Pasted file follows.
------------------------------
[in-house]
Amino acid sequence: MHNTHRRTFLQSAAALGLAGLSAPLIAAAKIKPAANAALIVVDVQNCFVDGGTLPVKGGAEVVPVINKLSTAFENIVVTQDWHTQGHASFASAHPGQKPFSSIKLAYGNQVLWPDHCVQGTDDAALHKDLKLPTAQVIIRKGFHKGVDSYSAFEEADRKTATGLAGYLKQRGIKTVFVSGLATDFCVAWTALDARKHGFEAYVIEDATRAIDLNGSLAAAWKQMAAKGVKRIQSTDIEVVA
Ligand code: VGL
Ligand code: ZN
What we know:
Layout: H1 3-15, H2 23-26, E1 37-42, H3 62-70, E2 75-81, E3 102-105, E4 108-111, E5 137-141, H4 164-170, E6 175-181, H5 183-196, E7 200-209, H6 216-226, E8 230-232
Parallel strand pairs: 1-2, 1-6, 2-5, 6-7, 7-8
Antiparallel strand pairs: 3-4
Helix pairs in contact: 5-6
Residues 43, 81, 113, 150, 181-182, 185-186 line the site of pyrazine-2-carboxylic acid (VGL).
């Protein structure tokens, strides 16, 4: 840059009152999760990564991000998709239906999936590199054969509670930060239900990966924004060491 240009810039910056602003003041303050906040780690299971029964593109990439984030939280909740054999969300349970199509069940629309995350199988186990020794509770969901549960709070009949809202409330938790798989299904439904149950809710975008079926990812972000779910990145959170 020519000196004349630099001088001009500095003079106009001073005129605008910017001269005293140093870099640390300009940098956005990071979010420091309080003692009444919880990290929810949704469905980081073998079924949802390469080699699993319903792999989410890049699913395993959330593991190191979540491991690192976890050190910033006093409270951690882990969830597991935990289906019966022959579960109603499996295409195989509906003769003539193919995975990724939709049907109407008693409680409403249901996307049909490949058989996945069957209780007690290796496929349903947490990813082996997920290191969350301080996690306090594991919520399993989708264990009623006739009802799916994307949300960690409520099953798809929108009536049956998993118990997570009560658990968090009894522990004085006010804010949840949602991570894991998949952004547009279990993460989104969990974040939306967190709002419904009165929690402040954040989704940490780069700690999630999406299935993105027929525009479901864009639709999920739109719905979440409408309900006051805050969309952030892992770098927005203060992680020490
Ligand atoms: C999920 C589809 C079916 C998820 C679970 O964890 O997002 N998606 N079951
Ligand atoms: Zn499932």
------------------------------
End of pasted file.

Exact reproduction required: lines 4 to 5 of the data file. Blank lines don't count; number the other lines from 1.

Ligand code: ZN
What we know: